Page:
Margin (AKA gross profit margin) is essentially the profit you get from your services. Typically, profit margins are expressed in percentages.
Find your margin percentage using this formula:
Net Sales Revenue - (Labor + Material + Overhead Costs) = Profit Dollars
Next → Profit ÷ (Sales × 100) = Margin Percentage
Markup is the dollar amount you add to the total profitable price. Much like margin, markup is also expressed as a percentage.
Find your markup percentage using this formula:
(Profit ÷ Sales) × 100 = Markup Percentage
The lawn and landscape industry’s profit margin widely varies between 5-20%.
That said, I’ve discovered that many successfully established landscaping businesses aim for 50% gross profit margins.
As you decide on your ideal gross profit margin, I want to give you a word of caution… When you’re first starting out, don’t price yourself out of the market.
Startup landscaping businesses have a lot to prove and a reputation to build, so make sure your services are worth the 50% gross profit margin before you set it that high.
A general rule of thumb for a good margin is between 15-20% for residential jobs and 10-15% for commercial jobs.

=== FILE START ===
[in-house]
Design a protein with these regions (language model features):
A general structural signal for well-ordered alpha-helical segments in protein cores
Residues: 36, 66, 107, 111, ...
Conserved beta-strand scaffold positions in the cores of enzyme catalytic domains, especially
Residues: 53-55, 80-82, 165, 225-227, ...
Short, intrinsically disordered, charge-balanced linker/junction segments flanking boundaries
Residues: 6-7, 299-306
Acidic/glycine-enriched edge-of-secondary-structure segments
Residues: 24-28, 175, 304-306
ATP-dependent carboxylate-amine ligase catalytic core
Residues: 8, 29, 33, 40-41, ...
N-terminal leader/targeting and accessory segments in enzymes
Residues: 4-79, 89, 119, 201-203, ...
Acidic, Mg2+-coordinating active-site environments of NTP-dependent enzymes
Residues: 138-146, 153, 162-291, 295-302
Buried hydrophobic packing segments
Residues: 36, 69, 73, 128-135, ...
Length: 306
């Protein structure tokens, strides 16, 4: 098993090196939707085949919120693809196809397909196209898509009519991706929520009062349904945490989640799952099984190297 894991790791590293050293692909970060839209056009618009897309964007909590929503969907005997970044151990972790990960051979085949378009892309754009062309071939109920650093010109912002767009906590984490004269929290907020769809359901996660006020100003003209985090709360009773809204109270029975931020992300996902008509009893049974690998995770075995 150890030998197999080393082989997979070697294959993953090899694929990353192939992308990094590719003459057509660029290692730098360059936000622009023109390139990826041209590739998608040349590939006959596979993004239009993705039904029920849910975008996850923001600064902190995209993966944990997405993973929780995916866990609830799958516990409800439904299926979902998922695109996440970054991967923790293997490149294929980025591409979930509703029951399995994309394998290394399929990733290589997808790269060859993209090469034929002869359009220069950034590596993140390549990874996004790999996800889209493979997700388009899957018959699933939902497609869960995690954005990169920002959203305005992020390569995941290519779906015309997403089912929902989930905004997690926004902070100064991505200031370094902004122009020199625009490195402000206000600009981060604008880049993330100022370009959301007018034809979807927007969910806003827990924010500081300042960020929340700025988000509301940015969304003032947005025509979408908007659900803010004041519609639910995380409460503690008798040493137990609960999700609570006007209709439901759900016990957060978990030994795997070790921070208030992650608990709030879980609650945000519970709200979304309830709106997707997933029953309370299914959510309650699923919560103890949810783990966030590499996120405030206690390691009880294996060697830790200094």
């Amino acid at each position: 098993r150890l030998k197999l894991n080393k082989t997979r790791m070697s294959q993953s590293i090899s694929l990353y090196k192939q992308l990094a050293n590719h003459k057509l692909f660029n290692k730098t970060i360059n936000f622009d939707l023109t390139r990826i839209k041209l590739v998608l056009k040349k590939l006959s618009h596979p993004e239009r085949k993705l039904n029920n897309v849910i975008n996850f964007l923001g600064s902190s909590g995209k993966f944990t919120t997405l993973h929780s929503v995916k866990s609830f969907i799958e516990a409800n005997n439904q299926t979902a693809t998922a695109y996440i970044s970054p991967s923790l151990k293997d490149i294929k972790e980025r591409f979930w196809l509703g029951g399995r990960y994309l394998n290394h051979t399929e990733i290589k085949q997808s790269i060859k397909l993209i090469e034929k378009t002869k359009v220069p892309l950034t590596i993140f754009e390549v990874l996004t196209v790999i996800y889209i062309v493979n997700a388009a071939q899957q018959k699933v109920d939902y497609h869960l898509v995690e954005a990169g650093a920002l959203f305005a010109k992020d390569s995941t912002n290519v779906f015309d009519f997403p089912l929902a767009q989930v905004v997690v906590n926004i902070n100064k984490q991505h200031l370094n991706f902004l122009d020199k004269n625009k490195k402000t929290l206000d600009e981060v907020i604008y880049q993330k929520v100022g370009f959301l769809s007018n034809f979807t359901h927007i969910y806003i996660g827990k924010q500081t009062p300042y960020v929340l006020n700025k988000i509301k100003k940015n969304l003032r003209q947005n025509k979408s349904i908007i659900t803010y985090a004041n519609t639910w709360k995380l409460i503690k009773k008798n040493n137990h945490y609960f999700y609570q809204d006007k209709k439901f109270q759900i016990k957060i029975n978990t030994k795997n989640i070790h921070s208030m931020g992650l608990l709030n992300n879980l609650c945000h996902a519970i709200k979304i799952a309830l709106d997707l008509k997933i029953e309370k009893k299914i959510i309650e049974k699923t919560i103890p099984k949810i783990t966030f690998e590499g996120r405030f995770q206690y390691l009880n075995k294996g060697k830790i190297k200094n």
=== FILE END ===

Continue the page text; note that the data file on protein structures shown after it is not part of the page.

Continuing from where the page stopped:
Now, let’s look at an example of how you calculate this…
If you choose to start at a profit margin of 20%, then add an extra 5% to your markup percentage to make it 25% (this will make more sense as we calculate below).
In order to calculate your new total, we’ll take the number you got from estimating the total cost of the landscaping job and use this formula:
(Total Job Cost × Markup %) + Total Job Cost = Final Landscaping Price
(13,489.20 × .25) + 13,489.20 = $16,861.50
Therefore, to calculate your profit for the job, you can use this formula:
Final Landscaping Price - Total Landscaping Cost = Profit
16,861.50 - 13.489.20 = $3,372.30
And if you want to make sure you’re still meeting your profit margin of 20%, use this formula:
(Profit ÷ Final Landscaping Price) × 100 = Gross Profit Margin
(3,372.30 ÷ 16,861.50) × 100 = 20%